Boxing

Boxing vs MMA... Let's Get Real!

boxing vs mma19.11.07 - By Wray Edwards: Boxing is a formal sport which has very specific limitations that are critical to the rhythm and flow of combat. Such limitations as not hitting a person who is down or rabbit punches also reflect emphasis on sportsmanship. It is a symphony of movements (rounds) which require an attention span tuned to protracted dynamics. Its origin is classical just as are the works of Mozart, Bach, Beethoven and other artists who wrote for those who could pay attention for more than fifteen minutes. The weapon and target limitations are intended to narrow and refine the fighting art. “Shootfighting” is, potentially, a thirty minute form, but due to its nearly unlimited nature, match-ending injuries or submissions are common..

Nowadays musical songs and raps are aimed at three or four minute quick results for those who haven't time to cruise a longer form of entertainment. The quick brutality of MMA styles produces cheap thrills for those who just can't wait. A recent MMA event which had a great deal of "ground game" (horizontal mambo) had the commentators wishing that the ref would get the "fighters/wrestlers" back on their feet as they were getting bored. They made the wimpy excuse that, "MMA is a work in progress." Then it happened…

Unfortunately, the guy on top blasted a four inch, bloody gash over the other guy's left eye with his elbow. It wasn't pretty or exciting...it was just brutal, and it prematurely ended the contest. The crowd seemed pleased, and the bump-and-grind dancers on the runway could have used poles to celebrate more effectively. IMO MMA represents a contemporary trend which emphasizes a Kimbo Slice mentality.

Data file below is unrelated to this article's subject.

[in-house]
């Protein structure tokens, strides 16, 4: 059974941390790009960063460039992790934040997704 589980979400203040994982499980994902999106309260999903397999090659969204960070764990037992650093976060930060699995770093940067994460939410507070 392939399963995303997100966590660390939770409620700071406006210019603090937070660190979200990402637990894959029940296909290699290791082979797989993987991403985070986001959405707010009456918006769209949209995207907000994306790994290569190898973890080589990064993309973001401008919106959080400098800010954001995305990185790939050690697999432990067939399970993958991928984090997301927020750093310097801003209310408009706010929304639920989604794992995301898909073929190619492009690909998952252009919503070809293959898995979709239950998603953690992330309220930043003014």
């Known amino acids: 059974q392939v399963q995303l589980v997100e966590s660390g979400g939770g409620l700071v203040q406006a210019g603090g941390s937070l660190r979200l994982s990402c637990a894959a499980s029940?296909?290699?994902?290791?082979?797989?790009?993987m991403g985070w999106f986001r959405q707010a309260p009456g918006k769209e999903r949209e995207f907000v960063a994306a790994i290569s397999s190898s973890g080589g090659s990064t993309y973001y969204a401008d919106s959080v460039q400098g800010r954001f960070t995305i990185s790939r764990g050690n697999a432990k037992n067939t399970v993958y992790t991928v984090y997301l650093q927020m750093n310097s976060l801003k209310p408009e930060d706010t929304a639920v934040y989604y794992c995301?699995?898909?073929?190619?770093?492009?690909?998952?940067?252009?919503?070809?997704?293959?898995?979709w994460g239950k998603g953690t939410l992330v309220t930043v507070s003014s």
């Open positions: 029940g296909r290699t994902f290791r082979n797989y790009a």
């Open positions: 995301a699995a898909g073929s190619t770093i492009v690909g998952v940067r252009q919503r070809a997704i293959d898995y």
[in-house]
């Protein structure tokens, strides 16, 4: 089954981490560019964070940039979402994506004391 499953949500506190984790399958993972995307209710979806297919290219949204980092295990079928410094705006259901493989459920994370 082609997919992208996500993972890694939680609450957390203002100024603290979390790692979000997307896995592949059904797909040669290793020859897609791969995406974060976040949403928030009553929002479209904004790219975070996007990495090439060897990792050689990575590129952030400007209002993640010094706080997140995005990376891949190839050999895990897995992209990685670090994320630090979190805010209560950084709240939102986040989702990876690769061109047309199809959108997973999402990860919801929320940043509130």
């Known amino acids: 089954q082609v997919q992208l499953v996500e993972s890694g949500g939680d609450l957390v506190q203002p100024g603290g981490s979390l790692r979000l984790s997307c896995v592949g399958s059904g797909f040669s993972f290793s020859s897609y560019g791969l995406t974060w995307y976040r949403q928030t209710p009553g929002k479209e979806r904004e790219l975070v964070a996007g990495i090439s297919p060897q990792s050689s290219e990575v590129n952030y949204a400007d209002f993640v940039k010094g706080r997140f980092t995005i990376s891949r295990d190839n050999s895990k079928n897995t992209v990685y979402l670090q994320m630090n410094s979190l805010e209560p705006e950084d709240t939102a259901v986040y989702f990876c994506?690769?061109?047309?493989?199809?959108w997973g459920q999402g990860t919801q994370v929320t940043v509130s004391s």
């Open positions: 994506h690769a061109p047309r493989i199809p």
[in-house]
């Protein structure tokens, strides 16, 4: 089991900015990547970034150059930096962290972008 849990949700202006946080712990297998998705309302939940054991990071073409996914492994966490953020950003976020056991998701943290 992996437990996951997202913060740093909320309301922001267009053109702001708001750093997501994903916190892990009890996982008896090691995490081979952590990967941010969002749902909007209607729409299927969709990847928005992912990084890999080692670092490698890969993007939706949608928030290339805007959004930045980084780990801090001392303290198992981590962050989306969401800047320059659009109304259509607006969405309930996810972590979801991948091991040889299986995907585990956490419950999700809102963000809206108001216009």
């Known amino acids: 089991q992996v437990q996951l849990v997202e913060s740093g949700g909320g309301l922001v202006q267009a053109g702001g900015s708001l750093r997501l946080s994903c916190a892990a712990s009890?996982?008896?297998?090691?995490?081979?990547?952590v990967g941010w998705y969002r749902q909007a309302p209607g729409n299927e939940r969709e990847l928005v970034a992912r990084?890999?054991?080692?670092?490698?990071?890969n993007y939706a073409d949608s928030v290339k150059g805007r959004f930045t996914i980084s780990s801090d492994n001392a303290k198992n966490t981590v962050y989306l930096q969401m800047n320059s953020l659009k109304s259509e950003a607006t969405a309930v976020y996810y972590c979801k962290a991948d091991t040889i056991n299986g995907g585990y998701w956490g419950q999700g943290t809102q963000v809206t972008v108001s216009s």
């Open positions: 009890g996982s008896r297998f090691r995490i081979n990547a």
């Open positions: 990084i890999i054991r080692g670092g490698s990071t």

Muay Thai (or the Sanshou - Wushu -form) where throw-downs are allowed for points, keep things moving and give a nod to the far east which is acceptable. As these forms have moved west or been refined in the far east, they have limited or removed such moves as choking, elbow smashes and joint threats. The American form, as presented by American promoters, seems a hodgepodge of half-understood techniques drawn from Oriental martial arts combined with back-alley street brawling. When these forms are under the control of an eastern master, they retain most of the very technical and demanding move styles.

When American promoters, who haven’t a clue what core development or counter-rotating kick posture techniques look like, hit the bricks to find some “fearsome” fighter, they cruise the ranks of failed or past-it boxers and WWE-Pride-UFC-IFL types. What we get is a mish-mash of what looks like a phalanx of biker-bar bruisers, gullible bubbas and muscle-bound toughs who rarely look professional and probably can’t spell the word.

The ever-growing throngs of fans who frequent these events, usually report their appreciation of the fights in terms which dwell almost exclusively on the brutal, no quarter, no-holds-barred atmosphere of the pairings. The current trend seems degenerative, and, sadly, appears to presage a shift away from a sweet science in favor of backstreet mayhem.

The transition is comparable to leaving a Grand Prix race and going to a demolition derby. If you think about the similarities, Grand Prix is a highly refined, technical contest which takes hours to complete and yet, is still a blood sport. A demolition derby dispenses with the course management and dwells on the crashes. Current MMA trends seek the brutal beat-down with as little give-and-take as possible.

By now you have probably guessed that I have little use for American MMA. “Correctamundo” as Ed McMahon used to say. What do I like? Greco-Roman wrestling, Muay Thai, Sanshou, Wushu, Shin Do Kumaté and Professional Marquess of Queensbury (Sir John Sholto Douglas) Boxing just to name a few. Each of these disciplines are subject to mutations and upgrades which suit their transition to or from military or police applications versus sports entertainment presentations.